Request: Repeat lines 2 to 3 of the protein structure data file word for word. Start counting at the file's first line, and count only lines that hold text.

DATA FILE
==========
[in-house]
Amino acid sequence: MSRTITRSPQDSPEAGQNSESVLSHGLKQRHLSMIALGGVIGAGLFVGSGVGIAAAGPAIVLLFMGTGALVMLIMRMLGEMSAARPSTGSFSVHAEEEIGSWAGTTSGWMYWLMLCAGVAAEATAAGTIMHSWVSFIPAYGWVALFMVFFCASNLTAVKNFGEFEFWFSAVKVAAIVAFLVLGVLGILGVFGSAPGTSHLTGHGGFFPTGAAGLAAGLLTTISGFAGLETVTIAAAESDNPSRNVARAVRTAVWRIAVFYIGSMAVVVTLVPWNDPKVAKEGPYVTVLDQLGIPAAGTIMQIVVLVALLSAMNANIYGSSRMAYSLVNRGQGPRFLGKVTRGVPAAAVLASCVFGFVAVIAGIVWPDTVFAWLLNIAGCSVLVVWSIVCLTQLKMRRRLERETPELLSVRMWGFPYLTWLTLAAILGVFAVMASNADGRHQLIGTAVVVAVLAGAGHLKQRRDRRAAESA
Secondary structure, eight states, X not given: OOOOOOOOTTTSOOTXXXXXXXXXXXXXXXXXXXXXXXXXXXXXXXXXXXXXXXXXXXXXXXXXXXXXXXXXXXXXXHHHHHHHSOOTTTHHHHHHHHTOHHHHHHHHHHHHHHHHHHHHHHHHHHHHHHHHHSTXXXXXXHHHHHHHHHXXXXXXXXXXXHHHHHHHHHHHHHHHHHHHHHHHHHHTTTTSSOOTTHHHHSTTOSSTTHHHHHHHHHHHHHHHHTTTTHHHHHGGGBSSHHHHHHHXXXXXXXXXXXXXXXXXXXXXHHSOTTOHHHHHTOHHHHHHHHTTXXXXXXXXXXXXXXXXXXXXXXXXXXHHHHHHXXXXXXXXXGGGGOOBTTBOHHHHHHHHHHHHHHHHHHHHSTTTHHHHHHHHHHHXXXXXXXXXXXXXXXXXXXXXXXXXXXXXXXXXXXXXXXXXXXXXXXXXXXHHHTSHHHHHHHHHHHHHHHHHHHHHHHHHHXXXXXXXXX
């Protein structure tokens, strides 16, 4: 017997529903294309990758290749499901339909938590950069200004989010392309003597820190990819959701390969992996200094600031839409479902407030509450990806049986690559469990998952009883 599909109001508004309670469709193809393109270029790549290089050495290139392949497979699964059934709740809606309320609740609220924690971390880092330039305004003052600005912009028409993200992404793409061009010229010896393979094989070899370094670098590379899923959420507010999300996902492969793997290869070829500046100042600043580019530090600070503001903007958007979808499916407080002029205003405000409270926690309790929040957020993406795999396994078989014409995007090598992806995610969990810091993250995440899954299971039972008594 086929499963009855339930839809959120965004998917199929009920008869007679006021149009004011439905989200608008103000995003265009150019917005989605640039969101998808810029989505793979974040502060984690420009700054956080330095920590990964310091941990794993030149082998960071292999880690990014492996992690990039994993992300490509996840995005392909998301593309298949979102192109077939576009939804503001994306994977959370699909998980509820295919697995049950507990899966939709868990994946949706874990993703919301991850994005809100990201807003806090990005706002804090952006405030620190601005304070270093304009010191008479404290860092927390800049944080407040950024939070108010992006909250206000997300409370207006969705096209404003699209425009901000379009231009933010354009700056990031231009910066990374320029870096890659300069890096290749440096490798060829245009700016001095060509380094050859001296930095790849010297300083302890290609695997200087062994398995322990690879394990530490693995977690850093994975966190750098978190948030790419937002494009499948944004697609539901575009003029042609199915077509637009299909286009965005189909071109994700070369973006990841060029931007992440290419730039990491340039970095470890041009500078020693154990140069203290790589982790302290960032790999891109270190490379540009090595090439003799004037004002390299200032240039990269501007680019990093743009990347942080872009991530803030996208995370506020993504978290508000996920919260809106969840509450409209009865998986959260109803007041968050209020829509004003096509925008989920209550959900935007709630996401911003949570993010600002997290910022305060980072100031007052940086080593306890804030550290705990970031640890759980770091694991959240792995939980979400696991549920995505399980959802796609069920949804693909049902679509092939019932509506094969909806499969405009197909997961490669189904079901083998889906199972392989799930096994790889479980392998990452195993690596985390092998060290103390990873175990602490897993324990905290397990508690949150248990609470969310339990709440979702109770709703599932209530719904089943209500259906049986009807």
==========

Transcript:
Amino acid sequence: MSRTITRSPQDSPEAGQNSESVLSHGLKQRHLSMIALGGVIGAGLFVGSGVGIAAAGPAIVLLFMGTGALVMLIMRMLGEMSAARPSTGSFSVHAEEEIGSWAGTTSGWMYWLMLCAGVAAEATAAGTIMHSWVSFIPAYGWVALFMVFFCASNLTAVKNFGEFEFWFSAVKVAAIVAFLVLGVLGILGVFGSAPGTSHLTGHGGFFPTGAAGLAAGLLTTISGFAGLETVTIAAAESDNPSRNVARAVRTAVWRIAVFYIGSMAVVVTLVPWNDPKVAKEGPYVTVLDQLGIPAAGTIMQIVVLVALLSAMNANIYGSSRMAYSLVNRGQGPRFLGKVTRGVPAAAVLASCVFGFVAVIAGIVWPDTVFAWLLNIAGCSVLVVWSIVCLTQLKMRRRLERETPELLSVRMWGFPYLTWLTLAAILGVFAVMASNADGRHQLIGTAVVVAVLAGAGHLKQRRDRRAAESA
Secondary structure, eight states, X not given: OOOOOOOOTTTSOOTXXXXXXXXXXXXXXXXXXXXXXXXXXXXXXXXXXXXXXXXXXXXXXXXXXXXXXXXXXXXXXHHHHHHHSOOTTTHHHHHHHHTOHHHHHHHHHHHHHHHHHHHHHHHHHHHHHHHHHSTXXXXXXHHHHHHHHHXXXXXXXXXXXHHHHHHHHHHHHHHHHHHHHHHHHHHTTTTSSOOTTHHHHSTTOSSTTHHHHHHHHHHHHHHHHTTTTHHHHHGGGBSSHHHHHHHXXXXXXXXXXXXXXXXXXXXXHHSOTTOHHHHHTOHHHHHHHHTTXXXXXXXXXXXXXXXXXXXXXXXXXXHHHHHHXXXXXXXXXGGGGOOBTTBOHHHHHHHHHHHHHHHHHHHHSTTTHHHHHHHHHHHXXXXXXXXXXXXXXXXXXXXXXXXXXXXXXXXXXXXXXXXXXXXXXXXXXXHHHTSHHHHHHHHHHHHHHHHHHHHHHHHHHXXXXXXXXX